Wednesday, April 1, 2009

How to grow the business while your write-up clients go "Past-90"

As the miracle of April 15th draws near, and many of my friends who are working on personal income taxes take a deep breath and collapse under their desks in a fetal position... The W2 revenue is in... the Income Tax revenue is in... now what? The time has arrived (after a long weekend?) to think about expanding (or creating) your payroll business.

It's a long time until January 2010.

Why now? Why expand?!? Umm, Logan - did you notice that the economy is now one of the pillars of chaos theory, that our elected officials keep smiling and writing checks - hoping it was all just a bad dream, that our customers can't seem to keep up on their bills - ours included!

Well, there is nothing worse than a bloated Accounts Receivable with no hope of collecting. That is why now is the perfect time to expand your payroll operation.

You see, here is the secret:
In payroll, you take your payment when you process the client's ACH transactions.

Paid with the employees = No AR = Money In The Bank

Remember, when a client lays off part of their staff, your invoice for their payroll is barely reduced. Just a little bit off the top for that handful of checks, not the base fee.

One of my clients in particular who I may have written about in the past brought up the fact that his growing Accounting practice was not making money while meeting all of its goals.

This stinks!

There is nothing like drowning in success (and I don't mean in a swimming pool full of champagne and hundred dollar bills). His words to me went something like this,

"Logan, after tax season I am jumping into payroll full time and letting go of this practice as soon as possible. I just can't deal with the fact that a successful practice, meeting all of its growth goals can to not make anywhere near the projected income in the plan. My client list is growing, but so is the list of clients who are behind on, or just aren't paying their bills."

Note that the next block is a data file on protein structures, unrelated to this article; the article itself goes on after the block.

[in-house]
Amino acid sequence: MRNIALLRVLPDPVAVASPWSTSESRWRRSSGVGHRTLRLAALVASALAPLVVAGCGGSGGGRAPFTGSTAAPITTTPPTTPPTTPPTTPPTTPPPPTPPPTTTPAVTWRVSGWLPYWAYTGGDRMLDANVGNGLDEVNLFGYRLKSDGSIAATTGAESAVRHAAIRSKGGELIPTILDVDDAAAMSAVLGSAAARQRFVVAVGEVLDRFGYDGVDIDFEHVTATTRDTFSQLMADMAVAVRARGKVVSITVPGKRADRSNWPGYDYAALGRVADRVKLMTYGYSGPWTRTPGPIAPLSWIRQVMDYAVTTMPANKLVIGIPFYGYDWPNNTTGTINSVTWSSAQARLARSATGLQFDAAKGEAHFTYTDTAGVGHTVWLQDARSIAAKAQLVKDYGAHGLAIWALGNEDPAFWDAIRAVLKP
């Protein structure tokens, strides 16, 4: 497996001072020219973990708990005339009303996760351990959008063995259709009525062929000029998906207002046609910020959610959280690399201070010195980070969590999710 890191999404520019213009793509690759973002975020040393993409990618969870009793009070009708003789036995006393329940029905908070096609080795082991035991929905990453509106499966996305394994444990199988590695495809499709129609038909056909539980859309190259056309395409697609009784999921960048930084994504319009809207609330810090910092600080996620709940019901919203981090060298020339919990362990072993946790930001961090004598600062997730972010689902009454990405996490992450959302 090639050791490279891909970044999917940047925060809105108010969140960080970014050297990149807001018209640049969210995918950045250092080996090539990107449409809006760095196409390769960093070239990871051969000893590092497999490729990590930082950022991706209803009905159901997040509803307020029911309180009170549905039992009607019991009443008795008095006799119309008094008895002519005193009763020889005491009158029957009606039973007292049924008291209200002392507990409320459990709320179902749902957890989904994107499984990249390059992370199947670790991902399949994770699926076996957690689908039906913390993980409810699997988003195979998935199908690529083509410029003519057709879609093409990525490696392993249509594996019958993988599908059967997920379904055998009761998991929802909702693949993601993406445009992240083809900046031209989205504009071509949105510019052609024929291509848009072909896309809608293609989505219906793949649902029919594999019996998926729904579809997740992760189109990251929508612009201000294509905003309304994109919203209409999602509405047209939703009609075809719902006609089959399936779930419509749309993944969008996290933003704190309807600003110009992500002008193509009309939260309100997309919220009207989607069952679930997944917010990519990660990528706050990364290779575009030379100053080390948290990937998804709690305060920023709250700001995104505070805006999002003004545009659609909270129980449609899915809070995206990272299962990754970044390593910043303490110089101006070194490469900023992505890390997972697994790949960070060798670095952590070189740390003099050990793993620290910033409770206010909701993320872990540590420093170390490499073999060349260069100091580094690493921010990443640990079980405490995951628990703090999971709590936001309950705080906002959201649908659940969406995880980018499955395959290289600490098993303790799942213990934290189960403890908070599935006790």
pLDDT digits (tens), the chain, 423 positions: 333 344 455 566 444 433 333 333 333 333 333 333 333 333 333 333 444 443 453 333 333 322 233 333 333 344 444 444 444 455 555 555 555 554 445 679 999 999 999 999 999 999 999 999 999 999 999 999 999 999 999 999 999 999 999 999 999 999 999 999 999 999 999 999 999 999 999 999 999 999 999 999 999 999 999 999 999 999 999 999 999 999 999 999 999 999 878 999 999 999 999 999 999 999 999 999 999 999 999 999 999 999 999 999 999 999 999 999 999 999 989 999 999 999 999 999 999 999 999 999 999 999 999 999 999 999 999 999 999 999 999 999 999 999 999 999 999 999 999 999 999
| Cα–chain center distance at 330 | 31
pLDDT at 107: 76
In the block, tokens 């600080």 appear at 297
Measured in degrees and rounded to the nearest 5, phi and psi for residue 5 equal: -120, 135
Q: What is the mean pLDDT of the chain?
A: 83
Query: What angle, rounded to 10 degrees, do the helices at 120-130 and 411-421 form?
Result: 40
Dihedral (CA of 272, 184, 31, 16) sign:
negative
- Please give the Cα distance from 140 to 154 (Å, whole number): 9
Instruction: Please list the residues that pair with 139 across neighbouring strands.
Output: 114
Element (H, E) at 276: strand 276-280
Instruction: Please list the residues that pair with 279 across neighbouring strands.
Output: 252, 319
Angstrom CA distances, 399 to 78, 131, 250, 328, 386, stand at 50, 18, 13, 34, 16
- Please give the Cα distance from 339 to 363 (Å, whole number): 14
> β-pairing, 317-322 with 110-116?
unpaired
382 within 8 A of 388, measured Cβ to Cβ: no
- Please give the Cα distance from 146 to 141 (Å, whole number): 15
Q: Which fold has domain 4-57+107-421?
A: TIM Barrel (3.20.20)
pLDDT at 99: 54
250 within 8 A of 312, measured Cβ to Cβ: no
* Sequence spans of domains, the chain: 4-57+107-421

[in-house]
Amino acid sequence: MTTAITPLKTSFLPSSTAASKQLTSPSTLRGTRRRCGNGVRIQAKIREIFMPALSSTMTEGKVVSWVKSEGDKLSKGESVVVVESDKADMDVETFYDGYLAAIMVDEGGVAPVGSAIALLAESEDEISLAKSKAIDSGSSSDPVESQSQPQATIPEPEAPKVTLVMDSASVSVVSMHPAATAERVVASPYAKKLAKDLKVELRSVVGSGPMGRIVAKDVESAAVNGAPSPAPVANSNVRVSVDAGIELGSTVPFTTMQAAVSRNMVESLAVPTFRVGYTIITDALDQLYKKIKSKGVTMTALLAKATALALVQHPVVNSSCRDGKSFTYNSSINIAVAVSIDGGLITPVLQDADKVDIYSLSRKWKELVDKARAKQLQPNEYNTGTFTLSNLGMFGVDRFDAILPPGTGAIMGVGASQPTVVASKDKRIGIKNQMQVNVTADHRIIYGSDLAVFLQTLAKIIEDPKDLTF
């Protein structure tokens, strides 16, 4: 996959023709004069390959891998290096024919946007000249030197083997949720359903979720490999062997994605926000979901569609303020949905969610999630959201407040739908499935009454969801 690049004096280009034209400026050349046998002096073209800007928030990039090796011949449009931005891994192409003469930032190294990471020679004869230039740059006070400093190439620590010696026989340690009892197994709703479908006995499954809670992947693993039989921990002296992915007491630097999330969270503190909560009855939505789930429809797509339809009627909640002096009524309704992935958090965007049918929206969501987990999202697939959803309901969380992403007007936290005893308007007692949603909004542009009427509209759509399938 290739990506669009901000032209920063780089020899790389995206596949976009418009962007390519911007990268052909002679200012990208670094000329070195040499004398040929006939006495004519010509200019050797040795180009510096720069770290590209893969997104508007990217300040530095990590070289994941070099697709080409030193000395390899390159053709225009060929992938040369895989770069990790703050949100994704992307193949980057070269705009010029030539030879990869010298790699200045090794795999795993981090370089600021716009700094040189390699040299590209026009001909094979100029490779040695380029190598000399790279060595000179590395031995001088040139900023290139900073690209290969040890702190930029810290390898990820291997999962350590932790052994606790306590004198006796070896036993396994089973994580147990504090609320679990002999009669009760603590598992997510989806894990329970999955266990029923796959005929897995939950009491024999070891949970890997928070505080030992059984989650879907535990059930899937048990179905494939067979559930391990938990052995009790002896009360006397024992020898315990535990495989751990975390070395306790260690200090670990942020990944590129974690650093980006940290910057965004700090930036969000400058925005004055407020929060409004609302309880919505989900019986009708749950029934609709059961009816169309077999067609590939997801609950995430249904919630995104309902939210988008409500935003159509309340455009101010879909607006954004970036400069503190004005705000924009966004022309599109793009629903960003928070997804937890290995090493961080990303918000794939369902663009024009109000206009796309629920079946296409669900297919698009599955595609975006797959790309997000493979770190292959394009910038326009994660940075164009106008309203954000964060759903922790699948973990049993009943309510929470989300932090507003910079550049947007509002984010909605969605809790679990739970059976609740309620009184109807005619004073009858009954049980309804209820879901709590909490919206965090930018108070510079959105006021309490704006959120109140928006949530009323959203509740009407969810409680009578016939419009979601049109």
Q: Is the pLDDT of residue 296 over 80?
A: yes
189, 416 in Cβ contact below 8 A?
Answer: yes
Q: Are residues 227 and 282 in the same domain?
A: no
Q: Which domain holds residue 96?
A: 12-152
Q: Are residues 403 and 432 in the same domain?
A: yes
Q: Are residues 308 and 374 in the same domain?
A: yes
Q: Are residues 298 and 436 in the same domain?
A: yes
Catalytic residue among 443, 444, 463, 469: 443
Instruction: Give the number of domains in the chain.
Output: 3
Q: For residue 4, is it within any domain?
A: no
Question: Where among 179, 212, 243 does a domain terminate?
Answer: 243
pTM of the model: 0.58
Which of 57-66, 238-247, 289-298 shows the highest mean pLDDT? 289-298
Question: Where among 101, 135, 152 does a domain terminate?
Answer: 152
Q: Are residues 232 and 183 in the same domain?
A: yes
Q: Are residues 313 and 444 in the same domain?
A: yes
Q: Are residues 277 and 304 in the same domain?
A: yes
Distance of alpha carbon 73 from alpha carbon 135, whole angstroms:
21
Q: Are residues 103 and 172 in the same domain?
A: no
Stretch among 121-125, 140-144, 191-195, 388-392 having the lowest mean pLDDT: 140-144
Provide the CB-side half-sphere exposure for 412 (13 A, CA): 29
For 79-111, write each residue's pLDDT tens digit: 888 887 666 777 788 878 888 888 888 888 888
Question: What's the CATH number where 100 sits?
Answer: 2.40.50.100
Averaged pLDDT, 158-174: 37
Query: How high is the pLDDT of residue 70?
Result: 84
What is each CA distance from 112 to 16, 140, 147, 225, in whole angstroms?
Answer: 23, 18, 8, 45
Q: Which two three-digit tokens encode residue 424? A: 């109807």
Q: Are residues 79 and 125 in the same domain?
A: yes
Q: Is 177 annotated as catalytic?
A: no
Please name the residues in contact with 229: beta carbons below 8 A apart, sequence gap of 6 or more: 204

Moral of the story:

  • If you aren't taking your payment with the payroll, start.
  • If you are starting a new payroll operation, make sure that this is your standard practice and is contained within your Payroll Service Agreement.
  • If you don't have a Payroll Service Agreement with your clients - write one. If you don't know what to put in it, give me a call.
Bottom line - Payroll is a great way to off-set the losses you may be incurring as clients find it harder to pay you. Do it right, and it may become your primary profit center.


  1. Great post for accountants who want to start adding payroll as a way to provide steady income every week. I have built my practice around this very idea. I'd rather have a small payroll income source from many clients that is steady work, week-in and week-out, than big clients who slow pay. I have a system which I have been perfecting which is built around superior service, that's the key, tailor the deliverable to exactly what the payroll client wants. You will beat the competitors who try to force all clients into the same model. Payroll can be a profitable line if done right.

  2. Logan: Glenn from MyMarketingPartner ( are you? great article. Are you heading to the payroll group meeting in Tampa next year?

    Enjoy the holidays.


  3. Glenn - Doing great Glenn, yourself? I should be there.